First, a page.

So the moral of the story is don't make your password password.
 
2014-01-29 01:53:16 PM
I read that as "even though email accounts are free, I use the same one for everything I do online.  So once that's compromised everything I have ever touched is up shiat creek"

Don't rely on others to provide you security.   Use lots of accounts and lots of different passwords.  This is the same shiat that happened to Mat Honan.

Look wired even made a handy chart article that this dude failed to follow:

http://www.wired.com/threatlevel/2012/08/how-not-to-become-mat-honan /

No two factor, linked accounts, and stored CC's  he hit on 3 of the 9 "don't do these things".
 
2014-01-29 01:59:59 PM
DoBeDoBeDo: Look wired even made a handy chart article that this dude failed to follow:

Two things I noted.

2. Use SSL or a VPN with Public Wifi ... When logging into accounts from public WiFis,

Don't log into your accounts from public wifi! At all, ever.

6. Get Creative With Security Questions

Don't use security questions.

// answers security questions with gibberish ... because I don't forget my passwords.
 
2014-01-29 02:09:15 PM

DoBeDoBeDo: No two factor,


Would not have made an iota of difference.  The entire attack was social engineering.  Once you've got the GoDaddy employee punching the keys for you, the only factors that matter are the ones he asks for.  If he'll settle for last-4 (which, as previously noted, is frequently very easy to get), gg no re.
 
2014-01-29 02:12:04 PM
well, you should have sold that account for $50k.
 
2014-01-29 02:29:12 PM
This is why I don't use GoDaddy for anything.
I'm not an animal rights nutter but I'm not going to pay for this jackasses 'safari'.
 
2014-01-29 02:50:16 PM
Huh. I was just thinking of the under-appreciated feature CC companies offer where you can get one-time card numbers to burn and not have to worry about jackholes keeping your card number on file. Went to fetch a few and see:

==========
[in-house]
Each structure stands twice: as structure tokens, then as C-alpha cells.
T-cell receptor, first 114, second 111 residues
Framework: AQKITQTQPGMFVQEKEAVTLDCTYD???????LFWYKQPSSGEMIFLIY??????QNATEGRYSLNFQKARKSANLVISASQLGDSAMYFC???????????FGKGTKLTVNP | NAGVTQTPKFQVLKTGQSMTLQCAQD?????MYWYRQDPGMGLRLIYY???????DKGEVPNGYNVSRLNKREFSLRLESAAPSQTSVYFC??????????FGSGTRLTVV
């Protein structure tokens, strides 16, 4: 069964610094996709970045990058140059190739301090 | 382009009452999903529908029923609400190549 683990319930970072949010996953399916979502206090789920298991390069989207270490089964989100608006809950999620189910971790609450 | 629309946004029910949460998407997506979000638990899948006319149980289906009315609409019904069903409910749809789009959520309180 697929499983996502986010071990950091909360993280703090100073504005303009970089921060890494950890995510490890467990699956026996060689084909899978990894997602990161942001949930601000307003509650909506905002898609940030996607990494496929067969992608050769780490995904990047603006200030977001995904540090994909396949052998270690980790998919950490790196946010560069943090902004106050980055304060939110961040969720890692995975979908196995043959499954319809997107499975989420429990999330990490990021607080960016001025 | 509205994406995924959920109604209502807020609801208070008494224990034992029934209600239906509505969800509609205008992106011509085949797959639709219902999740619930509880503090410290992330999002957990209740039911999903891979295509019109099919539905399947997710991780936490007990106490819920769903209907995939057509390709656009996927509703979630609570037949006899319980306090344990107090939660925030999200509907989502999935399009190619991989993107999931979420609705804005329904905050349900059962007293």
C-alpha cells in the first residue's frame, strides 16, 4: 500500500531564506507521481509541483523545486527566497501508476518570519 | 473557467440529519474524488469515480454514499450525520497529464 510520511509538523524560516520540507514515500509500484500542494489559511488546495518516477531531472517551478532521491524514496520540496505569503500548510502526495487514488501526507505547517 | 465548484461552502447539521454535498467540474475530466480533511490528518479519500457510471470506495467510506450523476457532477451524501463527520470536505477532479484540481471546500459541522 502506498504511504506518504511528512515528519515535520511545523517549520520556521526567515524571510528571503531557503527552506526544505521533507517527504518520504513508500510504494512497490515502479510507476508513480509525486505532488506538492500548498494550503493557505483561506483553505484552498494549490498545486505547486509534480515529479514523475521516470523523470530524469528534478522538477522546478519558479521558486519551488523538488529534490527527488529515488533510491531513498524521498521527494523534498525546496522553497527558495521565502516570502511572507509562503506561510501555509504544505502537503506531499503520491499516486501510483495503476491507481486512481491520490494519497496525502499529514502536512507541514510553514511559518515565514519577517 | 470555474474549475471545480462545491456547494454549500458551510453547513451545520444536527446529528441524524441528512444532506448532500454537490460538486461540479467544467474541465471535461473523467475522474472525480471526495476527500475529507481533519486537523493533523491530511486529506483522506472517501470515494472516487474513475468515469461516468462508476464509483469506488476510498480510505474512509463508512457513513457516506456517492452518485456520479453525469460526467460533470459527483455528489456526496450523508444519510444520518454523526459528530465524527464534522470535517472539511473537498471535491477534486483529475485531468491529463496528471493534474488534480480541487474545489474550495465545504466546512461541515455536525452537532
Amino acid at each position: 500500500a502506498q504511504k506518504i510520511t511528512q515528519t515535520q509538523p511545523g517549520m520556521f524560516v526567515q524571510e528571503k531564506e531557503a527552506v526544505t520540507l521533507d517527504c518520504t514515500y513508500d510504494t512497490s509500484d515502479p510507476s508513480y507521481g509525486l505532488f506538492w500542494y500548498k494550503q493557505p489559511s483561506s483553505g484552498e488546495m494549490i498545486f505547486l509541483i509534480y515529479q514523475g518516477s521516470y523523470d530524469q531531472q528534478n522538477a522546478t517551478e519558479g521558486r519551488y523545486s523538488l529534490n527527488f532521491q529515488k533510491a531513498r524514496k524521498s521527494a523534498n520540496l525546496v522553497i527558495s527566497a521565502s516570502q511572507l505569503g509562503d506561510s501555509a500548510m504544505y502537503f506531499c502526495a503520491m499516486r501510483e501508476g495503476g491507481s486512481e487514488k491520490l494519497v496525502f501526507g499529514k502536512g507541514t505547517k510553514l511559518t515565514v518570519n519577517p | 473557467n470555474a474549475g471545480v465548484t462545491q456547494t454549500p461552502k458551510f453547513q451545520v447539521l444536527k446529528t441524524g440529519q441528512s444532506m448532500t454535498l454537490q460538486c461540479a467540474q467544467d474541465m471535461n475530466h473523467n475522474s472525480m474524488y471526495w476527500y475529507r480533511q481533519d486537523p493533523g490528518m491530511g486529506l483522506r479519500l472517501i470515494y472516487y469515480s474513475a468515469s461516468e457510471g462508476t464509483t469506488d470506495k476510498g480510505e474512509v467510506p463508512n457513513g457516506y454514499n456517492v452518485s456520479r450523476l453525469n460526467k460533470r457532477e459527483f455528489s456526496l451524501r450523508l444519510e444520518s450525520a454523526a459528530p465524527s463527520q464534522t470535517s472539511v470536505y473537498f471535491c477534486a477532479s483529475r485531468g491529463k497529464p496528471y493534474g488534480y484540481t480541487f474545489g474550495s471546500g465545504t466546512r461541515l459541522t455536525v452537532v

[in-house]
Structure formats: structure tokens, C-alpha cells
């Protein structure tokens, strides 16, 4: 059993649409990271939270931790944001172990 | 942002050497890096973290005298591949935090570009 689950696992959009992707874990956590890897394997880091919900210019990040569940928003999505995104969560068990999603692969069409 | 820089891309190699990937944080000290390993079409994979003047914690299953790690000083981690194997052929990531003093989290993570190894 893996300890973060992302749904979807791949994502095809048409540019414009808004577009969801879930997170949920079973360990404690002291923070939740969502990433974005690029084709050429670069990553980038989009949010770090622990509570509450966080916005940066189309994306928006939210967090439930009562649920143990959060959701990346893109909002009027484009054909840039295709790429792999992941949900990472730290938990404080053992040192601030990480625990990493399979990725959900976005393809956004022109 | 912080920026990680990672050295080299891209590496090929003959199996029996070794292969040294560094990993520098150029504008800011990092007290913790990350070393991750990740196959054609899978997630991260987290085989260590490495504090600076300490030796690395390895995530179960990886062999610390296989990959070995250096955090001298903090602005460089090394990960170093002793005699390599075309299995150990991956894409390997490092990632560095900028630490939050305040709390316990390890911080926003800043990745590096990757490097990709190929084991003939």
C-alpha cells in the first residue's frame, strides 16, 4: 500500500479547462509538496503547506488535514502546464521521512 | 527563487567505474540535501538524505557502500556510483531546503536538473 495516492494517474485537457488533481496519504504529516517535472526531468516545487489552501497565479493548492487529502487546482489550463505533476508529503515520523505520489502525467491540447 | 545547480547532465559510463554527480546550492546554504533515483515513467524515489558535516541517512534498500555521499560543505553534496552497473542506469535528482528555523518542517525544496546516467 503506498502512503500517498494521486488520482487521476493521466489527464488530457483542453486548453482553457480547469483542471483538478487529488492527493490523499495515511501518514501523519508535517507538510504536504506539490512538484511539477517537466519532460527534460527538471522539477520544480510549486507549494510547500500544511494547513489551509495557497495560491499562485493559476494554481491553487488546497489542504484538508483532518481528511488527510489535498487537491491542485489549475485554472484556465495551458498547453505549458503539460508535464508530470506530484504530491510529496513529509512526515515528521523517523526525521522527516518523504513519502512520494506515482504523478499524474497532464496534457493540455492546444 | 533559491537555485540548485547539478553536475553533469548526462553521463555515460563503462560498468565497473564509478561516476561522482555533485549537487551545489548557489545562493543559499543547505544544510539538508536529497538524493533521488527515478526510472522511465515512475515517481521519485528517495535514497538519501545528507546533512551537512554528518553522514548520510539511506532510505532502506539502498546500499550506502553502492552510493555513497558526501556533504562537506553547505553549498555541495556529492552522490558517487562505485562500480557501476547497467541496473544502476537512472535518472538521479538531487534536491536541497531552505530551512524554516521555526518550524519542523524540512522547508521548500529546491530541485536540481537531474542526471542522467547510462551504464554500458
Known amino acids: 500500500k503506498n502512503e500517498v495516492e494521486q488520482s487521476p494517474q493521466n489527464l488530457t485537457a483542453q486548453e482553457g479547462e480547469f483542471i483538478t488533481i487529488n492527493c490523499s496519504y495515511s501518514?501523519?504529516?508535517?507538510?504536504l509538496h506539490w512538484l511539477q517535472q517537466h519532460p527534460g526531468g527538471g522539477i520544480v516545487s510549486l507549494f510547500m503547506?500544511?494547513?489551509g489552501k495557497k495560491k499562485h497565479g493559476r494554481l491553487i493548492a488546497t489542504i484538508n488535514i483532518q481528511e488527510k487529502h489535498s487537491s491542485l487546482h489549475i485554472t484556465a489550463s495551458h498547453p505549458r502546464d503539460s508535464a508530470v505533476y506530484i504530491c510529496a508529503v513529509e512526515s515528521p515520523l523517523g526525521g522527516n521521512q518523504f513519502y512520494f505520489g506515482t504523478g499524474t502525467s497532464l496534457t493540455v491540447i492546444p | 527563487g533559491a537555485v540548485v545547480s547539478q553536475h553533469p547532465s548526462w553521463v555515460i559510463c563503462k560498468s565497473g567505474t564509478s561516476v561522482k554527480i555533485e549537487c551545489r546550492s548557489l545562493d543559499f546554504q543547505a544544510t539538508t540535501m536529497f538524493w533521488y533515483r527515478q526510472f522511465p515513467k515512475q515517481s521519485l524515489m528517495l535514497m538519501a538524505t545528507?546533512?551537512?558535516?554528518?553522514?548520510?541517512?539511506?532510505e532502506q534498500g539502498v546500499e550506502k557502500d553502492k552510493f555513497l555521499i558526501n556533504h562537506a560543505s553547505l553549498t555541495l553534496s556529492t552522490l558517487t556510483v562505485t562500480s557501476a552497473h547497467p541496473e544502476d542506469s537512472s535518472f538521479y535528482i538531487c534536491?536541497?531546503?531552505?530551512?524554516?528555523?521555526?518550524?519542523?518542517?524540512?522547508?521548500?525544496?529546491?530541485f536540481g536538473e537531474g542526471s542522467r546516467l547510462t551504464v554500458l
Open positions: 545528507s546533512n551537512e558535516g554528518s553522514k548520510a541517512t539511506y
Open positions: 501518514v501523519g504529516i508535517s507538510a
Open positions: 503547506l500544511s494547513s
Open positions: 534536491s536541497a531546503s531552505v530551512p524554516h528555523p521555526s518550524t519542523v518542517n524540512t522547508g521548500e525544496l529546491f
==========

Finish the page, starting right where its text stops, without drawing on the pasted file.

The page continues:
Unfortunately, the technology on which secure online account numbers are based is no longer available to Discover. Thus, we are unable to continue to offer it to cardmembers. Therefore, please note that effective February 6th, 2014, you will no longer be able to create new Secure Online Account Numbers, and effective March 15, 2014 all existing numbers will no longer be active.

Hello. What the monkey fark is this?!
Apparently Citibank still offers it so I have a card that can use these handy doodads for untrustworthy transactions, but they're assholes so I don't like giving them business if I can help it.
 
2014-01-29 03:03:11 PM

China White Tea: I don't see any dramatically compelling reasons why Twitter couldn't just step in and fix this.


Because twitter doesnt actually do anything?
 
2014-01-29 03:14:14 PM

lordargent: // answers security questions with gibberish ... because I don't forget my passwords.


I assume you never made a MyPay password for the military.  That shiat is nuts.  Every 60 days you have to change it, has to be like 18 characters.... here it has to be seen to be believed.

Must be 15 to 30 characters in length
Contain at least two UPPERCASE letters
Contain at least two lowercase letters
Contain at least two numbers (0-9)
Contain at least two of the following special characters:
# (pound or number sign)]
@ (at sign)
$ (dollar sign)
= (equal sign)
+ (plus sign)
% (percent sign)
^ (caret)
! (exclamation)
* (asterisk)
_ (underline/underscore)
Must NOT include any spaces

Additionally, passwords will now expire every 60 days. This will require users to change their passwords. Each updated password must change at least four characters from the previous password. It also must not be one of your last 10 passwords.

I mean you are asking for people to write it down.  With what you wrote you better hope you don't forget the password or your SOL.
 
2014-01-29 03:22:36 PM

TNel: lordargent: // answers security questions with gibberish ... because I don't forget my passwords.

I assume you never made a MyPay password for the military.  That shiat is nuts.  Every 60 days you have to change it, has to be like 18 characters.... here it has to be seen to be believed.

Must be 15 to 30 characters in length
Contain at least two UPPERCASE letters
Contain at least two lowercase letters
Contain at least two numbers (0-9)
Contain at least two of the following special characters:
# (pound or number sign)]
@ (at sign)
$ (dollar sign)
= (equal sign)
+ (plus sign)
% (percent sign)
^ (caret)
! (exclamation)
* (asterisk)
_ (underline/underscore)
Must NOT include any spaces

Additionally, passwords will now expire every 60 days. This will require users to change their passwords. Each updated password must change at least four characters from the previous password. It also must not be one of your last 10 passwords.